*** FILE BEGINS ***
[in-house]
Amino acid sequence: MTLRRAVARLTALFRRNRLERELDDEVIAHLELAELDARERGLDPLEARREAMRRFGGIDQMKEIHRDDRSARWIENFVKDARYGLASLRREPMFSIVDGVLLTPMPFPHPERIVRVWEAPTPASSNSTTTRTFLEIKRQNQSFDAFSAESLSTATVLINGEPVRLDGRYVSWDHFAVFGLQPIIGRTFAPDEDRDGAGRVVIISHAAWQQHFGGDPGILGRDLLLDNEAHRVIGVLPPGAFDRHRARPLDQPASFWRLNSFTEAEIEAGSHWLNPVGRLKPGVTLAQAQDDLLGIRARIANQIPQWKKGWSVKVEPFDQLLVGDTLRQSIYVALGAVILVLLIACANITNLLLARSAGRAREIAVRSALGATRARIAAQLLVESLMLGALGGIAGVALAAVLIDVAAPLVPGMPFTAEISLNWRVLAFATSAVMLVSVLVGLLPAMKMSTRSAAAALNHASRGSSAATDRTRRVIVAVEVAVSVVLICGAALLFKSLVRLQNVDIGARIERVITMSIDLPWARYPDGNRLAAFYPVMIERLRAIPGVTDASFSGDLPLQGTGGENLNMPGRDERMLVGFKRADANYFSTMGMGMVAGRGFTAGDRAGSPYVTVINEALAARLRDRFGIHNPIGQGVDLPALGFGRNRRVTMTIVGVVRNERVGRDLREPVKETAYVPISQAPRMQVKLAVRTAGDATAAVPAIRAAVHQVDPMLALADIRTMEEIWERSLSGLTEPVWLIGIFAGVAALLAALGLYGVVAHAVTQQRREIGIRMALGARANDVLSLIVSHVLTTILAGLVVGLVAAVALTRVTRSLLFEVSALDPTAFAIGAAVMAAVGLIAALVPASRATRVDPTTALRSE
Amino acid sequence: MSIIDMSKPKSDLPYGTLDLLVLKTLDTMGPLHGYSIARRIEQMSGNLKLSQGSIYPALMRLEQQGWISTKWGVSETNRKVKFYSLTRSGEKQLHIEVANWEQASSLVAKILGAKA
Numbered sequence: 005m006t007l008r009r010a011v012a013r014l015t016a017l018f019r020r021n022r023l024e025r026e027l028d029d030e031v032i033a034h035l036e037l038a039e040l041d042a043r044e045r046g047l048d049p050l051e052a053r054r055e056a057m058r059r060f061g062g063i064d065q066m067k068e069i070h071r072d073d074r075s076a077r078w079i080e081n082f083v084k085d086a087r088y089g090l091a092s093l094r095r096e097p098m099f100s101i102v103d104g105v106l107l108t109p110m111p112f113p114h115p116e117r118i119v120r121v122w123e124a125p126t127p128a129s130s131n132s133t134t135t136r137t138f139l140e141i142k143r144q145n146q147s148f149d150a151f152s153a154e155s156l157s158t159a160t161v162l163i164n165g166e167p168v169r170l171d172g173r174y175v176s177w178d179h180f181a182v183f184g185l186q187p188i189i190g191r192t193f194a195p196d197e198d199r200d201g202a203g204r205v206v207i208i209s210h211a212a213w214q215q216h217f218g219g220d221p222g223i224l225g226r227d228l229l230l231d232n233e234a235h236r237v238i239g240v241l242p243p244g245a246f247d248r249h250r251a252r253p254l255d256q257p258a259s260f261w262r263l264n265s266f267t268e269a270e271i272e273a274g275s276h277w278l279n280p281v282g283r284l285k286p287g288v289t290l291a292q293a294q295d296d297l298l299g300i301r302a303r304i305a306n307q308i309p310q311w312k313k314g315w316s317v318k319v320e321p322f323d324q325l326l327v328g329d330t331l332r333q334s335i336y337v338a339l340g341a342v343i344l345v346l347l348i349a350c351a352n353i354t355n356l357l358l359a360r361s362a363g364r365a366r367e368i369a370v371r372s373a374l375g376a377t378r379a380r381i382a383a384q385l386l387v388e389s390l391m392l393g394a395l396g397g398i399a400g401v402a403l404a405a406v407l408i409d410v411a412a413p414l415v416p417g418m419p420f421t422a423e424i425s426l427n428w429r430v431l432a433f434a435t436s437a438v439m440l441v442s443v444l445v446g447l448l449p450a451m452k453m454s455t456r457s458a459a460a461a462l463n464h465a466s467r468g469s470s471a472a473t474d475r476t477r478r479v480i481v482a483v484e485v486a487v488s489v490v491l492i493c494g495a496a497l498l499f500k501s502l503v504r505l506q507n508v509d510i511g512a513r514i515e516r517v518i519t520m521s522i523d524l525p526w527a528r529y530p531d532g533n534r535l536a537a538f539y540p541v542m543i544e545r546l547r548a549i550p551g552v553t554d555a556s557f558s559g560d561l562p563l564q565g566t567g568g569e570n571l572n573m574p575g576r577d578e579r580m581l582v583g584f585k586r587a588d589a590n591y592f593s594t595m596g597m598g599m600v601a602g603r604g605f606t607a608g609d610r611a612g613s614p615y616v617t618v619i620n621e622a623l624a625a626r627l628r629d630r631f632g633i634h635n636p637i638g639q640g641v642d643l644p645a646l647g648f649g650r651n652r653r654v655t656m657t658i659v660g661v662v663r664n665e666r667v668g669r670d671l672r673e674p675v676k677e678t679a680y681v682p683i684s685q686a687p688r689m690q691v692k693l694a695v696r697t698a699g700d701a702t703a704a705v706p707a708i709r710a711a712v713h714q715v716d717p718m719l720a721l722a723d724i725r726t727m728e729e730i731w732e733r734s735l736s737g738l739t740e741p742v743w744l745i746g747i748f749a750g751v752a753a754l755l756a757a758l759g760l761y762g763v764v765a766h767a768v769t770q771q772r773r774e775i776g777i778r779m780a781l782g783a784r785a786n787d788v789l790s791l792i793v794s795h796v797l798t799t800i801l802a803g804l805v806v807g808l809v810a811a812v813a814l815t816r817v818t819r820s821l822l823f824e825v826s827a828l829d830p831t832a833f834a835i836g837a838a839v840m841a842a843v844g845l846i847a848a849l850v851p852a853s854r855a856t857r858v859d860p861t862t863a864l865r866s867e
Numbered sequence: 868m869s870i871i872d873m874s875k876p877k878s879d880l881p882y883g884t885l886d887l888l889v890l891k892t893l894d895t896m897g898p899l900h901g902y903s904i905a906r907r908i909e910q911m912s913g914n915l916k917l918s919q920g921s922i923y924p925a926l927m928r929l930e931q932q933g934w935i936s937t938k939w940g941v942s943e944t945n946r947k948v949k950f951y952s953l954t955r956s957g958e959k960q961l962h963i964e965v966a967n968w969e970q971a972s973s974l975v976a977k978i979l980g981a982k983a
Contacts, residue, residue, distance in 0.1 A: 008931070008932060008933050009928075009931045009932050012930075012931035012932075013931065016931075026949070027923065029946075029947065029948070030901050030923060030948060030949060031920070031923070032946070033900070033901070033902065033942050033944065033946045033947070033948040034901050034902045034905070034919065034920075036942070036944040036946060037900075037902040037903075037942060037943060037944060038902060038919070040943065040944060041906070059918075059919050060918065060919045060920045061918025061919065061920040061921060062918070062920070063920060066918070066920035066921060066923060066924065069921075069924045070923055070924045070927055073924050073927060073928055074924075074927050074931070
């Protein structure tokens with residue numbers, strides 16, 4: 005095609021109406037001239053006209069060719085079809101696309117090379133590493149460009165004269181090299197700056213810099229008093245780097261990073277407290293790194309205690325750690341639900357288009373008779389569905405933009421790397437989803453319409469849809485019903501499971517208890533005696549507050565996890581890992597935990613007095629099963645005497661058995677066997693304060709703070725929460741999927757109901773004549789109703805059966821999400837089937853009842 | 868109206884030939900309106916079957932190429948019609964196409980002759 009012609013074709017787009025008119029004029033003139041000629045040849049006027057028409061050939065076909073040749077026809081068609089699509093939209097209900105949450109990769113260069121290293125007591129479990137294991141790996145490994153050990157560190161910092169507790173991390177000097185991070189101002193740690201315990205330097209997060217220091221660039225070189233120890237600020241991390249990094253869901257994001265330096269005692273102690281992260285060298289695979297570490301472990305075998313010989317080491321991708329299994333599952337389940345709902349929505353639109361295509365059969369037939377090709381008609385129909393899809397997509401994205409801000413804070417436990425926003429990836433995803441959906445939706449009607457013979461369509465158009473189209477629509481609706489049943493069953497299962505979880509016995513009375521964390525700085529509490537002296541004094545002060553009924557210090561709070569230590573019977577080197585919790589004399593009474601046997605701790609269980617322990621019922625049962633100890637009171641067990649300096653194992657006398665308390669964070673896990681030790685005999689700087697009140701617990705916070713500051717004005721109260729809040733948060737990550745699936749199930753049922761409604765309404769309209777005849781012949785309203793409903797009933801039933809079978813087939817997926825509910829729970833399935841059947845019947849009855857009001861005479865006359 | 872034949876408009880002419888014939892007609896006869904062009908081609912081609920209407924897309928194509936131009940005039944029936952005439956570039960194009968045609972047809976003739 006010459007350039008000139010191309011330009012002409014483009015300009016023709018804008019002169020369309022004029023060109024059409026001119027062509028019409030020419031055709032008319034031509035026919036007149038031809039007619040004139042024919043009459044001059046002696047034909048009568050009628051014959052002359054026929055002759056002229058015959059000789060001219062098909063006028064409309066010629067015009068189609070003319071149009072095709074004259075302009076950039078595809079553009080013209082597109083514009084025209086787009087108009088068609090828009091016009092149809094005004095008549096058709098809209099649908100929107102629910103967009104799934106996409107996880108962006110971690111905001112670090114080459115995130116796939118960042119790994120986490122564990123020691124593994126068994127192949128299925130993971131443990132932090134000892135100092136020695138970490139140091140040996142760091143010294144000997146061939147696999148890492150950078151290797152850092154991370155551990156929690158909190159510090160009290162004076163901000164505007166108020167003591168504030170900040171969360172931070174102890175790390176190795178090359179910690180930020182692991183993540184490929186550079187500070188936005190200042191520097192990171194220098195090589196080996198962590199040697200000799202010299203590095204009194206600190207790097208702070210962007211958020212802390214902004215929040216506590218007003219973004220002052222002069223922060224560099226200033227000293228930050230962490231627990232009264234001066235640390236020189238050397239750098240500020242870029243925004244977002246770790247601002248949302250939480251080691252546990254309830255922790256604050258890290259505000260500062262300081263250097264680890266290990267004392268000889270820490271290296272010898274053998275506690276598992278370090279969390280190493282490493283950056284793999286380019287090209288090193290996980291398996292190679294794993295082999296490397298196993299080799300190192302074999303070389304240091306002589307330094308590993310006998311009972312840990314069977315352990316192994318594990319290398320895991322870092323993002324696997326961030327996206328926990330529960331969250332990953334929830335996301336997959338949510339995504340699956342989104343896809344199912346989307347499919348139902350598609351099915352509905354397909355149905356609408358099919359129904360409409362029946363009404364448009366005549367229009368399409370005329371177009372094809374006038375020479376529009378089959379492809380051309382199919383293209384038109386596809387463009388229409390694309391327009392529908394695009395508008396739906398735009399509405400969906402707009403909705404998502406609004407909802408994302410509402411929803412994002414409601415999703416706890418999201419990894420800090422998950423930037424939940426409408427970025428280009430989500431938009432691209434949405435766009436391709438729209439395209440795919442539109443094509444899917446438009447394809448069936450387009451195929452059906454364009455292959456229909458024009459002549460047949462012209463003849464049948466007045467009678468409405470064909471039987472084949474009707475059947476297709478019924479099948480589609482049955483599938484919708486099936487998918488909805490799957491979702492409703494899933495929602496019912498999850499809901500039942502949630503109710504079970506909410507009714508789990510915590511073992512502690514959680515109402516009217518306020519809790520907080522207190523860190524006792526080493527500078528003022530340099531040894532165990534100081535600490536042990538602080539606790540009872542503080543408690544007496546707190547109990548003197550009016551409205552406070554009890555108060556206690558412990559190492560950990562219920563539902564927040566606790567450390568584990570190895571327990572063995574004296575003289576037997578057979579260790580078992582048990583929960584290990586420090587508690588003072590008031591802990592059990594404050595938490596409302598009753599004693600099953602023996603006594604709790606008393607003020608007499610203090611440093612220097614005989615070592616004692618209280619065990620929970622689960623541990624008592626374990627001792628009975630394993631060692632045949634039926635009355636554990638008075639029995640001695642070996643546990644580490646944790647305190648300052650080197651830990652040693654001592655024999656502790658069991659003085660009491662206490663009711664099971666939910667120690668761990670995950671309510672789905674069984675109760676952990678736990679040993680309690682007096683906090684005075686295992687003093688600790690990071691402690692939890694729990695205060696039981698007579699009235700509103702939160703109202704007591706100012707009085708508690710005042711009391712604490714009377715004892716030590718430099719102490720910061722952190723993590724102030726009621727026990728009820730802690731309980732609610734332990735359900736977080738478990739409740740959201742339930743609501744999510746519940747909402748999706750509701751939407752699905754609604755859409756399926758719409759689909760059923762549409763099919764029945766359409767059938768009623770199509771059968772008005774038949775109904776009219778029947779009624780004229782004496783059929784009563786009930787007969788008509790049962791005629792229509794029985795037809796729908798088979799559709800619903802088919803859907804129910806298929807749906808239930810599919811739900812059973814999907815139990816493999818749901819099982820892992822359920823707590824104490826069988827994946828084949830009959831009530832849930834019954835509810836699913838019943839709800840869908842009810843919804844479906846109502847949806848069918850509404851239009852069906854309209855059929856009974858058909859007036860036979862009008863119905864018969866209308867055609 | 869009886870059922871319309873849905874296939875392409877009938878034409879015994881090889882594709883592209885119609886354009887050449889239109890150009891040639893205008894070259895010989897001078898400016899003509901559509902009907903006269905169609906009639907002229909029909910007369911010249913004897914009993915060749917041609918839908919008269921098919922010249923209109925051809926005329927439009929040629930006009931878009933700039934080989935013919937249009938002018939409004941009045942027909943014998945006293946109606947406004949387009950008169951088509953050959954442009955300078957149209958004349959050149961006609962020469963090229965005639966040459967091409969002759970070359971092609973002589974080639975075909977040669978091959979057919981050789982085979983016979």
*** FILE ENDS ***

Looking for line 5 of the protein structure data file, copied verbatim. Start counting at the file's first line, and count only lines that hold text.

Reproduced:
Numbered sequence: 868m869s870i871i872d873m874s875k876p877k878s879d880l881p882y883g884t885l886d887l888l889v890l891k892t893l894d895t896m897g898p899l900h901g902y903s904i905a906r907r908i909e910q911m912s913g914n915l916k917l918s919q920g921s922i923y924p925a926l927m928r929l930e931q932q933g934w935i936s937t938k939w940g941v942s943e944t945n946r947k948v949k950f951y952s953l954t955r956s957g958e959k960q961l962h963i964e965v966a967n968w969e970q971a972s973s974l975v976a977k978i979l980g981a982k983a